Time to change dressings

Ease of dressing application

Ease of dressing removal  

Pain at dressing removal  

Seeley et al, 1999 [24]  

PU (n=39)  

Foam (Allevyn, Smith & Nephew) (n=20) or hydrocolloid (DuoDerm, ConvaTec) (n=19) for up to eight weeks  

Proportion of wounds healed

Dressing wear time

Time to change dressings

Dressing leakage

Ease of dressing application

Ease of dressing removal  

Wound-related pain

Wound odour  

Charles et al, 2002 [23]  

VU (n=91)  

Foam (Cutinova, Beiersdorf) (n=31) or hydrocolloid – either Comfeel (Coloplast) n=29) or Granuflex (ConvaTec) (n=31) – plus compression for up to 12 weeks  

Proportion of wounds healed

Reduction in wound size

Time to complete healing

Wound-related pain

Ease of dressing use  

 

Karlsmark, 2006 [17]

Zillmer et al, 2006 [18]

(two papers reporting the same study)  

VU (n=45)  

Peri-ulcer skin treated for up to 14 days with either:

Biatain (Coloplast)

DuoDerm Extra (ConvaTec)

Mepilex Border (Molnlycke)

Tielle (Johnson & Johnson)  

None given  

Trauma to peri-wound skin  

* = Stirling classification ; AU = arterial ulcer; DU = diabetic ulcer; ST = skin tear; PU = pressure ulcer; VU = venous ulcer
Table 5: Proportion of completely healed wounds following treatment with foam dressings or hydrocolloids
 

Percentage of healed wounds at study end  

 

Reference  

Foam  

Hydrocolloid  

Statistical significance (p value)  

Banks et al, 1994a [19]  

77  

69  

Not reported  

Banks et al, 1994b [20]  

60  

50  

Not reported  

Bowszyc et al, 1995 [21]  

60  

60  

None  

Bale et al, 1997 [15]  

41  

16  

Not reported  

Thomas et al,  1997 [22]  

27  

35  

None  

Bale et al, 1998 [16]  

46  

33  

0.045  

Edwards et al, 1998 [14]  

33  

33  

None  

Seeley et al, 1999 [24]  

40  

40  

None  

Charles et al, 2002 [23]  

58  

54-59  

None  

The literature review identified the results of 11 RCTs that set out to compare foam dressings and hydrocolloids in terms of:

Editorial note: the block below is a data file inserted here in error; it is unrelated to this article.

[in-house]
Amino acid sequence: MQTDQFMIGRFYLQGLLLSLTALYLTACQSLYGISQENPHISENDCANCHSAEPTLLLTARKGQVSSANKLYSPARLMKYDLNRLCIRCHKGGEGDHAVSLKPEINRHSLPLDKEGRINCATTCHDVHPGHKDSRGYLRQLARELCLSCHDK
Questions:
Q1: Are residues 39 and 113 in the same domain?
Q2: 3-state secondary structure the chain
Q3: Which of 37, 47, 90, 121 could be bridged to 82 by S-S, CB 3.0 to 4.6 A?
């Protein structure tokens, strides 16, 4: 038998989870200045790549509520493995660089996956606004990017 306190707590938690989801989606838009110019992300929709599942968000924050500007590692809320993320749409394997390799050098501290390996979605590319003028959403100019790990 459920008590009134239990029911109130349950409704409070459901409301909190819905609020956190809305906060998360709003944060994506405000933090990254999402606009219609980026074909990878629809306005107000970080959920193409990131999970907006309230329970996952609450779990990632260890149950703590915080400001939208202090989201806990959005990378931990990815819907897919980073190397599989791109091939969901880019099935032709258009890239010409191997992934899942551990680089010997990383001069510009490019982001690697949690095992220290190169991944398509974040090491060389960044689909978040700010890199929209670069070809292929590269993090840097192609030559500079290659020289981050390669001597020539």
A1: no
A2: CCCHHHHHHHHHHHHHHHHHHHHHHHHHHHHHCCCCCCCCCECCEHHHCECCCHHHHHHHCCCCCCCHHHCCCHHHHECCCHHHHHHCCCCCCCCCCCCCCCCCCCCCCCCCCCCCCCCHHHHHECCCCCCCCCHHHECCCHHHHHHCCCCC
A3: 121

1. Wound healing (that is the proportion of wounds healed, time to complete healing, the percentage reduction in wound size, wound condition and the need for wound cleansing)

  2. In-use characteristics (that is wear time, number of dressings used, time required to change dressings, absorbency, leakage, ease of application, conformability and ease of removal)

  3. Patient-centred outcomes (that is wound odour, trauma, pain at dressing removal and patient comfort/acceptability).  

The key findings of these studies are presented below.

Wound healing

The proportion of wounds that were completely healed (that is fully re-epithelialised) at the end of the treatment period is reported in nine of the 11 studies. As shown in Table 5, only one study [17] observed a statistically significant larger proportion of healed wounds in the foam dressing-treated group (23 out of 50, 46%) than in those treated with the hydrocolloid dressing (15 out of 46, 33%) (p=0.045). Three other studies [14] [20] [21] reported higher proportions of completely healed wounds in patients assigned to treatment with foam dressings compared to those treated with hydrocolloids; however, the statistical significance of these findings are not included in the respective articles. The remaining five studies [22] [15] [16] [23] [24] did not detect any difference between the two dressing types in terms of the percentage of healed wounds. It is worth noting that, in one study [17],  the mean age of the patients receiving treatment with the foam dressing was significantly higher than that of the group of patients treated with the hydrocolloid dressing (p=0.01); therefore the ulcers of patients randomised to treatment with the foam dressing would have been expected to take longer to heal. In terms of the time taken for wounds to heal, no significant differences between foam dressings and hydrocolloids were observed in the three studies that reported on this parameter [15] [15] [17].  As only one of the studies [20] which evaluated wound healing rates demonstrated a difference between the dressing types (in favour of foams), too much reliance should not be placed on its findings. Moreover, based on the reported confidence level (p=0.046), there is almost a 1 in 20 chance that this study found a statistically significant result when, in reality, no real difference exists.